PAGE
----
In the late 1950s rockabilly guitarist Jack Scott had a string of top 40 hits. First, in 1957 with "Leroy", then in 1958 with the hits "My True Love" and "With Your Love" and then twice again in 1959 with the hits "Goodbye Baby" and "The Way I Walk." Scott was one of the first musicians to marry country music's melodic song craft to the dangerous, raw power of rock and roll.
In 1969 a magazine based in and around Detroit known as CREEM: "America's Only Rock 'n' Roll Magazine," was started by Barry Kramer and founding editor Tony Reay. CREEM is known as the first publication to coin the words "punk rock" and "heavy metal" and featured such famous editors such as Rob Tyner, Jaan Uhelszki, Patti Smith, Cameron Crowe and Lester Bangs, who is often cited as "America's Greatest Rock Critic,".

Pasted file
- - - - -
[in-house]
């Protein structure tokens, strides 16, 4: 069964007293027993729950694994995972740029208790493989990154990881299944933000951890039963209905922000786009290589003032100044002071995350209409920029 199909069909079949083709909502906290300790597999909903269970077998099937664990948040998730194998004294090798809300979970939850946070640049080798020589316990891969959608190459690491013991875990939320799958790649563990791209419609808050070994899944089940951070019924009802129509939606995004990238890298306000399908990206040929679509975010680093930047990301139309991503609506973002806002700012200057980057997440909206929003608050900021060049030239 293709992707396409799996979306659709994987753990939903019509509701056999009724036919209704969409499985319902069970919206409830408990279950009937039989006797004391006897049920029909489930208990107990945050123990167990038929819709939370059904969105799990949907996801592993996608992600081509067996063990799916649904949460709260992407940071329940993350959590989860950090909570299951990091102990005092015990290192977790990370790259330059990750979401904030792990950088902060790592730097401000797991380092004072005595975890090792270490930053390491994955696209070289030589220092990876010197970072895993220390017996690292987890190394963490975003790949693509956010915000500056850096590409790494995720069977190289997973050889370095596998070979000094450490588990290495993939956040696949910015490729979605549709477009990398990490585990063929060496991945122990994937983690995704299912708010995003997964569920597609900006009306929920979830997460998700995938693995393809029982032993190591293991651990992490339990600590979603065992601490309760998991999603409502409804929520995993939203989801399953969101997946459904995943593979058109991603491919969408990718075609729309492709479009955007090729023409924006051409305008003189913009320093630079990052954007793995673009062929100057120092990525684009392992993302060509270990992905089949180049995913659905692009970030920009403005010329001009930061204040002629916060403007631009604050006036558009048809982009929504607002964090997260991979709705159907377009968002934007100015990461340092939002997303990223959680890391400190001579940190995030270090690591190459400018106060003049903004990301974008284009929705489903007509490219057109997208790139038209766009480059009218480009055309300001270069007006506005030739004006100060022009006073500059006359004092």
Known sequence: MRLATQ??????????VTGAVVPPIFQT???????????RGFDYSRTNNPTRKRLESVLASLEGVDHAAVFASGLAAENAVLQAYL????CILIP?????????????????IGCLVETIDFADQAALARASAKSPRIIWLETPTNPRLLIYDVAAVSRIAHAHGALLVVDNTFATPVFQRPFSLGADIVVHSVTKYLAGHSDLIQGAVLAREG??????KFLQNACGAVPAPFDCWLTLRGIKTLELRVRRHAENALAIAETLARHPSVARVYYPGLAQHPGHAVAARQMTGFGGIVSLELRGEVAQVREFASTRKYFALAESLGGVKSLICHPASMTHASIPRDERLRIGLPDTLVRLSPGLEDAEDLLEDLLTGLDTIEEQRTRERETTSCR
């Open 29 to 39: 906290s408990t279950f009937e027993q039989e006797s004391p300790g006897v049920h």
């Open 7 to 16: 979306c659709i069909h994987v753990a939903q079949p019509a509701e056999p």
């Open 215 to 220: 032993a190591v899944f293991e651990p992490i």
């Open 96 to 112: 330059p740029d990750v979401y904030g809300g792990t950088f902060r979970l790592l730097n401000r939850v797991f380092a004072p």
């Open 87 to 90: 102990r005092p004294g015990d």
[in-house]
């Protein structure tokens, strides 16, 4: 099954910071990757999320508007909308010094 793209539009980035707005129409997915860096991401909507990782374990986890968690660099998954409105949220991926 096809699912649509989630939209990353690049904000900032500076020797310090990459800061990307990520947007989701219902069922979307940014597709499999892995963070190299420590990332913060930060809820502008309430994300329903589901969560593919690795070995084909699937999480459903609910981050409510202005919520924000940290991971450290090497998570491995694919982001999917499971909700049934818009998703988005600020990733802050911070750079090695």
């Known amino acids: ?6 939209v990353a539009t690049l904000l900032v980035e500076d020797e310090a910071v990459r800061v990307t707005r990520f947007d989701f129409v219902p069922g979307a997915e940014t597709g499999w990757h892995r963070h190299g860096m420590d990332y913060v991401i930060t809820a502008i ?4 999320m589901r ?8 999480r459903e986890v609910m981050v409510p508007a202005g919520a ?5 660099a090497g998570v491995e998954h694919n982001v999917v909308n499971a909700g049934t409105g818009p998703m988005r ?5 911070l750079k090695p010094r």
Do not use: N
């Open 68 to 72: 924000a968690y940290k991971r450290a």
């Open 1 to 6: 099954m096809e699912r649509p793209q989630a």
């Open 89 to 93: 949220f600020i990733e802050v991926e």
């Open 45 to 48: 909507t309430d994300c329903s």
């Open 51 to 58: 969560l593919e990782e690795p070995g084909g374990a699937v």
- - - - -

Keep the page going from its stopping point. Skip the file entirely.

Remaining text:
Detroit in the 60's also contributed to the national folk scene with southeastern Michigan native Phil Ochs, who gained fame as a Greenwich Village folk artist; Detroit was also home for a few years to the then unknown Joni Mitchell. Fortune Records also released numerous "Hillbilly" Americana folk records in this period.
The 1980s also saw Marshall Crenshaw from the Detroit suburb of Berkley, attain fame with his releases on Warner Bros. and an appearance as Buddy Holly in the film La Bamba. His 1981 recording, "Someday, Someway", made the Top 40 in both Billboard and Cash Box in 1982.